MIT, Japanese Industry Ink 5-Year Conductive Concrete Deal

Massachusetts Institute of Technology

The MIT Electron-conductive Cement-based Materials Hub (EC^3 Hub), an outgrowth of the MIT Concrete Sustainability Hub (CSHub), has been established by a five-year sponsored research agreement with the Aizawa Concrete Corp. In particular, the EC^3 Hub will investigate the infrastructure applications of multifunctional concrete - concrete having capacities beyond serving as a structural element, such as functioning as a "battery" for renewable energy.

Enabled by the MIT Industrial Liaison Program, the newly formed EC^3 Hub represents a large industry-academia collaboration between the MIT CSHub, researchers across MIT, and a Japanese industry consortium led by Aizawa Concrete, a leader in the more sustainable development of concrete structures, which is funding the effort.

Under this agreement, the EC^3 Hub will focus on two key areas of research: developing self-heating pavement systems and energy storage solutions for sustainable infrastructure systems. "It is an honor for Aizawa Concrete to be associated with the scaling up of this transformational technology from MIT labs to the industrial scale," says Aizawa Concrete CEO Yoshihiro Aizawa. "This is a project we believe will have a fundamental impact not only on the decarbonization of the industry, but on our societies at large."

By running current through carbon black-doped concrete pavements, the EC^3 Hub's technology could allow cities and municipalities to de-ice road and sidewalk surfaces at scale, improving safety for drivers and pedestrians in icy conditions. The potential for concrete to store energy from renewable sources - a topic widely covered by news outlets - could allow concrete to serve as a "battery" for technologies such as solar, wind, and tidal power generation, which cannot produce a consistent amount of energy (for example, when a cloudy day inhibits a solar panel's output). Due to the scarcity of the ingredients used in many batteries, such as lithium-ion cells, this technology offers an alternative for renewable energy storage at scale.

Ice placed on top of a charged conductive cement panel melts due to the higher temperature of the surface.
Carbon black doped concrete pavements can have current run through them to heat their surfaces, allowing for de-icing. If implemented for city roads and sidewalks, this technology could have benefits for pedestrian and vehicular safety.
Photo courtesy of the MIT EC^3 Hub and Aizawa Concrete.

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A researcher stands with a microphone in the other hand. In the other hand, he holds a laser thermometer, which is aimed at a self-heating conductive cement surface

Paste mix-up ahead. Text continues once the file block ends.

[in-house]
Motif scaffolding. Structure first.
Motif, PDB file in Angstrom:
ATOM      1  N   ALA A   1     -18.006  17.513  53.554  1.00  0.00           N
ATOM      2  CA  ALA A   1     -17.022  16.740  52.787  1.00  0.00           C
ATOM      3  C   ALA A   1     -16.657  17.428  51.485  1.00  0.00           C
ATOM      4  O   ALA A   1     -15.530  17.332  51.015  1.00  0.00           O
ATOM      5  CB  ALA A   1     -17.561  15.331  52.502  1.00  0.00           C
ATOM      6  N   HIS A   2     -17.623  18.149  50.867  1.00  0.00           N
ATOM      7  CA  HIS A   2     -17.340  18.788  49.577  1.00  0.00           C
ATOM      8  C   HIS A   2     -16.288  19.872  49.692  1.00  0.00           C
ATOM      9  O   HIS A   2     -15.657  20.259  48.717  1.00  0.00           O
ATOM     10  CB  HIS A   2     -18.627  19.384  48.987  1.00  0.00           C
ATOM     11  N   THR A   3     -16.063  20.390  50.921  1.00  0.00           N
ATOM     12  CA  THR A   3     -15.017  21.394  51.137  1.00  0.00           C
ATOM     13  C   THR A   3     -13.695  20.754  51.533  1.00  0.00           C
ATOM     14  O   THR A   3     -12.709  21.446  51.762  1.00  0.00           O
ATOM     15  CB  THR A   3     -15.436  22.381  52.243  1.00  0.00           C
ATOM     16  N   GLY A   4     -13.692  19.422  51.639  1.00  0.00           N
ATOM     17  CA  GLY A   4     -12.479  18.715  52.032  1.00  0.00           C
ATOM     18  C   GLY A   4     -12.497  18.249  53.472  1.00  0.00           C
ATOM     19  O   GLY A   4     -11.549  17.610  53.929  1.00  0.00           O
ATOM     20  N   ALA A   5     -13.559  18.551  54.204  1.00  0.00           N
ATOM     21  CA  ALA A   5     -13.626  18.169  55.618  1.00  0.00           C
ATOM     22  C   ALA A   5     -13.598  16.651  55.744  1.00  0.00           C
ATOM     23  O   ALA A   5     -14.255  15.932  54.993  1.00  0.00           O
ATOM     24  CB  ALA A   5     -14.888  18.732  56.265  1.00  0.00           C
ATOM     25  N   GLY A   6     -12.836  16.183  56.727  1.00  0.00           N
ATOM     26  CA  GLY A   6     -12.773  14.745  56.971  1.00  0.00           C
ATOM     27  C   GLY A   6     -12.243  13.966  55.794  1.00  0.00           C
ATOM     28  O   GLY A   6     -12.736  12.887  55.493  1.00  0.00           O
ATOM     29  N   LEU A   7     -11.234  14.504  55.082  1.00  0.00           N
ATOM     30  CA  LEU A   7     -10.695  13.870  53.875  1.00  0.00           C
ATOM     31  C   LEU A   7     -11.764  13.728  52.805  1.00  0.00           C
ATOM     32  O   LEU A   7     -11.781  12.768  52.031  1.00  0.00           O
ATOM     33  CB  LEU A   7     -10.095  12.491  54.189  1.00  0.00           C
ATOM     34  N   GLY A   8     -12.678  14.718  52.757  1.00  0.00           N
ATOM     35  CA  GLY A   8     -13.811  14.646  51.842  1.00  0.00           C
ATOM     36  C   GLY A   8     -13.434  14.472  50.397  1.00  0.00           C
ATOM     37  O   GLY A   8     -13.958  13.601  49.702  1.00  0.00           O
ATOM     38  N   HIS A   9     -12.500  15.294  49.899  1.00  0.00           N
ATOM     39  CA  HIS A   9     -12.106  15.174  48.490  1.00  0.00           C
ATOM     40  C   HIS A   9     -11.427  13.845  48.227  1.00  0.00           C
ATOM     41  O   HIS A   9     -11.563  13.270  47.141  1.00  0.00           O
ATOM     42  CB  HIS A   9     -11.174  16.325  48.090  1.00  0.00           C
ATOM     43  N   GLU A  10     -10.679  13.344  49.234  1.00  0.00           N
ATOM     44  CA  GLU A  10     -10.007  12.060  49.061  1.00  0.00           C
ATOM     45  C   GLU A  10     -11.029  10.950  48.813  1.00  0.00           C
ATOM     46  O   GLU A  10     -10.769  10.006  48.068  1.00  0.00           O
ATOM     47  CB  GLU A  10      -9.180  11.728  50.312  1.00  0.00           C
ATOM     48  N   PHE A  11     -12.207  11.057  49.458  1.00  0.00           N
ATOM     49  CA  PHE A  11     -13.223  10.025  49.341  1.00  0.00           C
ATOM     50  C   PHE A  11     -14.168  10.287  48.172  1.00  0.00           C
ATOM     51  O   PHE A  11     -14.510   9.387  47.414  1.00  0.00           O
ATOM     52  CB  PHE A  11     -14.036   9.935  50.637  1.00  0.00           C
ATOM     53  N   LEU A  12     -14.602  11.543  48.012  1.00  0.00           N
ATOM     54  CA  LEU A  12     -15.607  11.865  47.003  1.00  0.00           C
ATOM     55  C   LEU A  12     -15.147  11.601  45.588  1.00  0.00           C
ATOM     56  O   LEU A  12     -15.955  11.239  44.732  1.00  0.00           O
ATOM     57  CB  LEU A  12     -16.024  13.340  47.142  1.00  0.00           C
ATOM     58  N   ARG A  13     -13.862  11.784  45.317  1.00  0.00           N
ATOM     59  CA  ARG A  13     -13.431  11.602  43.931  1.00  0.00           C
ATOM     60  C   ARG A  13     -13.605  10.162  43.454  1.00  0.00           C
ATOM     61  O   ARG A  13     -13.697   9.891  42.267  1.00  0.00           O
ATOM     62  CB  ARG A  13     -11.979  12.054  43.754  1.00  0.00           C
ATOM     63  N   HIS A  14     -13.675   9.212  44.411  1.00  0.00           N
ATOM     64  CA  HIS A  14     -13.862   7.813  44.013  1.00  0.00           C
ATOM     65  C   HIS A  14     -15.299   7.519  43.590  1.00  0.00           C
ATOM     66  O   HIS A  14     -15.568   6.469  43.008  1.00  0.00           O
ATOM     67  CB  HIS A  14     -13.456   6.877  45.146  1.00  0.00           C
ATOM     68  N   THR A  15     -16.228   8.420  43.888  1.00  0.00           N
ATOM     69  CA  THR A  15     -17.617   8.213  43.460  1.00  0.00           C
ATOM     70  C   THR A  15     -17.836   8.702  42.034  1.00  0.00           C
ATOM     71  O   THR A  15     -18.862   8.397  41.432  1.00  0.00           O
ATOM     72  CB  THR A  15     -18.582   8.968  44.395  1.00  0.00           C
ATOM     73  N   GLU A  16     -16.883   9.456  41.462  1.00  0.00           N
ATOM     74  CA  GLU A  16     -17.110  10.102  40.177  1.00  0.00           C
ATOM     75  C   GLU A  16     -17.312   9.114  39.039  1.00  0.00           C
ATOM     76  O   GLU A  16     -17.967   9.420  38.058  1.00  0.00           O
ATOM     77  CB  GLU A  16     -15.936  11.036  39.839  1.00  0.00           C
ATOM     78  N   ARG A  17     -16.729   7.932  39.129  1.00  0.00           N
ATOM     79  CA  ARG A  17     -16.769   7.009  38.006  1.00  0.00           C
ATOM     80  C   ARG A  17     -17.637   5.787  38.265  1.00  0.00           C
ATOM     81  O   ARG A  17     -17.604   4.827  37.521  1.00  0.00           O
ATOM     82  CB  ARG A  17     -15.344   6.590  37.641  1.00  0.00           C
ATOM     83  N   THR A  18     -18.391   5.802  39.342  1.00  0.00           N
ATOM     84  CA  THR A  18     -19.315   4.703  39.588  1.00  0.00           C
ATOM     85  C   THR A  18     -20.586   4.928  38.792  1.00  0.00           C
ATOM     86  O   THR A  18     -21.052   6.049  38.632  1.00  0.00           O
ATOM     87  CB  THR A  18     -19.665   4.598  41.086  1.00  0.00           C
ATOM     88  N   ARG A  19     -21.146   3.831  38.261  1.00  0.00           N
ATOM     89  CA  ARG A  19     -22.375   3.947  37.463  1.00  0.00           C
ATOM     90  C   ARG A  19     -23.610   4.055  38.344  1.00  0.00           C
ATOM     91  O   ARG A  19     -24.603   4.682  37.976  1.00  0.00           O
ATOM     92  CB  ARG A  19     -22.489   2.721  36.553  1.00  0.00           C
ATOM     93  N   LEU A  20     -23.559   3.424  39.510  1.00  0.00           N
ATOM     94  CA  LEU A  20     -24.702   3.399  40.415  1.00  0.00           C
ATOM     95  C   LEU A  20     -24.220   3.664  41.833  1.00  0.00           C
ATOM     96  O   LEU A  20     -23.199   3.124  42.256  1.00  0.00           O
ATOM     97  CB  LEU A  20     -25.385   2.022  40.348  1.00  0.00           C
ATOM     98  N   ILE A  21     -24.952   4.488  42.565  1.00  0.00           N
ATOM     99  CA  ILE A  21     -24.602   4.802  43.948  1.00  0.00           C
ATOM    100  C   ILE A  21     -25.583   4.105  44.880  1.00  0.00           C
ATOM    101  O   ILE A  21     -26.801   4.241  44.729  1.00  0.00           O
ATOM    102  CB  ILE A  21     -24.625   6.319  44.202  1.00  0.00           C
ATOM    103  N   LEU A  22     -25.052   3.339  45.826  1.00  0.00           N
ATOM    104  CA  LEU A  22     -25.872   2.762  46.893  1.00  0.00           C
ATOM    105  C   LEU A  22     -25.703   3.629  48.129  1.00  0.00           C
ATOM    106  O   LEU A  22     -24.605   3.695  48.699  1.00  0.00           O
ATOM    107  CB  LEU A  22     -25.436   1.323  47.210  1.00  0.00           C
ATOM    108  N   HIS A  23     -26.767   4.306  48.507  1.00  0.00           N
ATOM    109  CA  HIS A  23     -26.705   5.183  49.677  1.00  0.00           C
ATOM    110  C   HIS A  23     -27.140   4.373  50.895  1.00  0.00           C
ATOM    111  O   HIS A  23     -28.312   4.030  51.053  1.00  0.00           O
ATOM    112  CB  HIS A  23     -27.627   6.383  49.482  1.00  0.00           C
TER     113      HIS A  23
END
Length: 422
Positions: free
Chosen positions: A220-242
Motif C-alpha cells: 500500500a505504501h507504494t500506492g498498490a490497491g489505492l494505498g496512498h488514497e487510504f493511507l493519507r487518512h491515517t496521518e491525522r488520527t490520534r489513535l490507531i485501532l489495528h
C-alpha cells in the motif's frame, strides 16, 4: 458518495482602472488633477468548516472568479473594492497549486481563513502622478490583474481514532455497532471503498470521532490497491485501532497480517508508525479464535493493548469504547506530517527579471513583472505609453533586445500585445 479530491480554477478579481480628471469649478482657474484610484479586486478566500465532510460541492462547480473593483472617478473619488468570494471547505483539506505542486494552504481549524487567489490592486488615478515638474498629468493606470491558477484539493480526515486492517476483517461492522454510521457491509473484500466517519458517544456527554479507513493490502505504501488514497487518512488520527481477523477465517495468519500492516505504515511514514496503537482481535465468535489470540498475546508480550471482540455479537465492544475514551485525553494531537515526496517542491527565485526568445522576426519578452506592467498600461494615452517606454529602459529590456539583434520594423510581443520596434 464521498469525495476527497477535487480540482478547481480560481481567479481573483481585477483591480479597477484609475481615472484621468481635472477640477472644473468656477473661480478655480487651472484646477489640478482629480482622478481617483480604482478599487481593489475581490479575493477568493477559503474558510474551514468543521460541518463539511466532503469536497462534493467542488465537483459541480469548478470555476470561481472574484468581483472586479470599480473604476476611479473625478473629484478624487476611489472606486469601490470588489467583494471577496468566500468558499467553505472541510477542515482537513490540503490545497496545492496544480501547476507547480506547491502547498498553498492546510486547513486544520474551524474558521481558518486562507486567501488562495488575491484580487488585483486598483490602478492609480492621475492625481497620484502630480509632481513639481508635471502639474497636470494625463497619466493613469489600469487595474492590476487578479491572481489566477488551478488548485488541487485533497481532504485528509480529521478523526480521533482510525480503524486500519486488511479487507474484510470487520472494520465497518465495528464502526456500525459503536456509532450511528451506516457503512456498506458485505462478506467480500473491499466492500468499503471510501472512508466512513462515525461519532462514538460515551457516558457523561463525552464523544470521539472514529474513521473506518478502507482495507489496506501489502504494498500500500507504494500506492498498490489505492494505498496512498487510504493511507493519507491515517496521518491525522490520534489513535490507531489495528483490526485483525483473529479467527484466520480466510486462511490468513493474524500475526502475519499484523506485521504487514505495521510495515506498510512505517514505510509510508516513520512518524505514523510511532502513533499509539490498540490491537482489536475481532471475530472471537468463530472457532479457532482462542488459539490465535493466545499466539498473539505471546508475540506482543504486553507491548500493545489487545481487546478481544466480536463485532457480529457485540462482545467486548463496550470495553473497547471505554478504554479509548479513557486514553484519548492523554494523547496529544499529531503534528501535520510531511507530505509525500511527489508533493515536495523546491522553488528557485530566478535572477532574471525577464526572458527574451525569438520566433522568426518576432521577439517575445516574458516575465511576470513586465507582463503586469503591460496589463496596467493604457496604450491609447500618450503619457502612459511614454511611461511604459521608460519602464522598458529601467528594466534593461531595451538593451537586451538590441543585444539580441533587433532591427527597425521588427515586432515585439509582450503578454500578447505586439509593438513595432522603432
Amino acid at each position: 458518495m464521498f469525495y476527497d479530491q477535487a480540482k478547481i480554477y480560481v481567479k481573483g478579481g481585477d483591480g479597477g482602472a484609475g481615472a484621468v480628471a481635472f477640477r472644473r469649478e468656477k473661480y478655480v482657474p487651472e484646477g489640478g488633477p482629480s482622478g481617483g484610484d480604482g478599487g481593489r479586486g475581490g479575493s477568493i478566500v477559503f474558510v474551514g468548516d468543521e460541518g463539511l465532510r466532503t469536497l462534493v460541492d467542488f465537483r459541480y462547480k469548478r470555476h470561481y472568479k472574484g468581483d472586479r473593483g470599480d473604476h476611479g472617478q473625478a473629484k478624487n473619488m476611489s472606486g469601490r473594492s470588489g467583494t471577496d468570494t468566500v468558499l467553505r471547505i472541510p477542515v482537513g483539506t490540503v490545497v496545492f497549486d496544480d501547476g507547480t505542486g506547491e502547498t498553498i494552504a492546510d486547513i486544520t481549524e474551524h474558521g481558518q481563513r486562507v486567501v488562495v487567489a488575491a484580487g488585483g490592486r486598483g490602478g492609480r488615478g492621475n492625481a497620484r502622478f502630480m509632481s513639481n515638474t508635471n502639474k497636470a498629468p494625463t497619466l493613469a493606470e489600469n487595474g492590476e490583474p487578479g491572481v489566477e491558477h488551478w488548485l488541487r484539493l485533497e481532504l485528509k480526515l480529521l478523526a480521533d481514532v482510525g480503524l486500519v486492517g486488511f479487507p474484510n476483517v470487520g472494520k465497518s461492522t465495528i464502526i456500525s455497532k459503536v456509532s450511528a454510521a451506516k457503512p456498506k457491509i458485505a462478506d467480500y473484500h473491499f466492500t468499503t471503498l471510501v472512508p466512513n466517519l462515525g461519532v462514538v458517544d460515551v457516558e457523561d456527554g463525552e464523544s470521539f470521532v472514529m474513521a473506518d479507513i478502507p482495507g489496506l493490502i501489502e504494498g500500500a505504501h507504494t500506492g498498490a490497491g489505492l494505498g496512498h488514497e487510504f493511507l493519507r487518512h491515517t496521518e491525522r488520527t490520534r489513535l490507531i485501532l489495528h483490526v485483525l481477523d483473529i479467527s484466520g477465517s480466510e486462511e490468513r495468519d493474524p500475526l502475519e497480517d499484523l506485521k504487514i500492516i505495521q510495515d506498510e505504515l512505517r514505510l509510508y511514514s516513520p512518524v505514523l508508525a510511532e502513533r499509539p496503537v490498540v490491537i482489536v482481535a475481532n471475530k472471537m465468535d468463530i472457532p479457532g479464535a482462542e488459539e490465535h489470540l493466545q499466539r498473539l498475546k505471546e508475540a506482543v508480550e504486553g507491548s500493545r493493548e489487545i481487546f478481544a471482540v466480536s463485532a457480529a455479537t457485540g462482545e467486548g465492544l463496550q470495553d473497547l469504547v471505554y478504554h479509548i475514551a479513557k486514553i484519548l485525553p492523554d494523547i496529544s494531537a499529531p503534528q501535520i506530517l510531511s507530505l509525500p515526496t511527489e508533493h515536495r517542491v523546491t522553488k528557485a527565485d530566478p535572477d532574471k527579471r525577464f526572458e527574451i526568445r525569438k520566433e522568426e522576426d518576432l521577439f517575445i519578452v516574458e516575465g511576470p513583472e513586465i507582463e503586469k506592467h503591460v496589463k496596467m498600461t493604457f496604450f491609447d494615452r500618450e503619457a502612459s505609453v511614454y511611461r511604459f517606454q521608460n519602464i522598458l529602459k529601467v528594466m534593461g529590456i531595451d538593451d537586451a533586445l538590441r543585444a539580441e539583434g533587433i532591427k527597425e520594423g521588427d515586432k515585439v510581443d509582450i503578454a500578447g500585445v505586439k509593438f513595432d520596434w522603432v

Professor Admir Masic, EC^3 Hub's founding faculty director, demonstrates the self-heating capability of carbon black doped concrete pavements with a laser thermometer, showing the difference between the pavement surface temperature and the ambient temperature.
Photo courtesy of the MIT EC^3 Hub and Aizawa Concrete.

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A large fiberglass cylinder containing conductive concrete is resting on top of a table. On top of the cylinder, a converter allows the device to power LED lights. The converter is connected to a multimeter.
A charged carbon-cement supercapacitor powers multiple LED lights and is connected to a multimeter to measure the system's voltage at 12 volts.
Photo courtesy of the MIT EC^3 Hub and Aizawa Concrete.

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Regarding the collaborative research agreement, the EC^3 Hub's founding faculty director, Professor Admir Masic, notes that "this is the type of investment in our new conductive cement-based materials technology which will propel it from our lab bench onto the infrastructure market." Masic is also an associate professor in the MIT Department of Civil and Environmental Engineering, as well as a principal investigator within the MIT CSHub, among other appointments.

For the April 11 signing of the agreement, Masic was joined in Fukushima, Japan, by MIT colleagues Franz-Josef Ulm, a professor of Civil and Environmental Engineering and faculty director of the MIT CSHub; Yang Shao-Horn, the JR East Professor of Engineering, professor of mechanical engineering, and professor of materials science and engineering; and Jewan Bae, director of MIT Corporate Relations. Ulm and Masic will co-direct the EC^3 Hub.

The EC^3 Hub envisions a close collaboration between MIT engineers and scientists as well as the Aizawa-led Japanese industry consortium for the development of breakthrough innovations for multifunctional infrastructure systems. In addition to higher-strength materials, these systems may be implemented for a variety of novel functions such as roads capable of charging electric vehicles as they drive along them.

Members of the EC^3 Hub will engage with the active stakeholder community within the MIT CSHub to accelerate the industry's transition to carbon neutrality. The EC^3 Hub will also open opportunities for the MIT community to engage with the large infrastructure industry sector for decarbonization through innovation.

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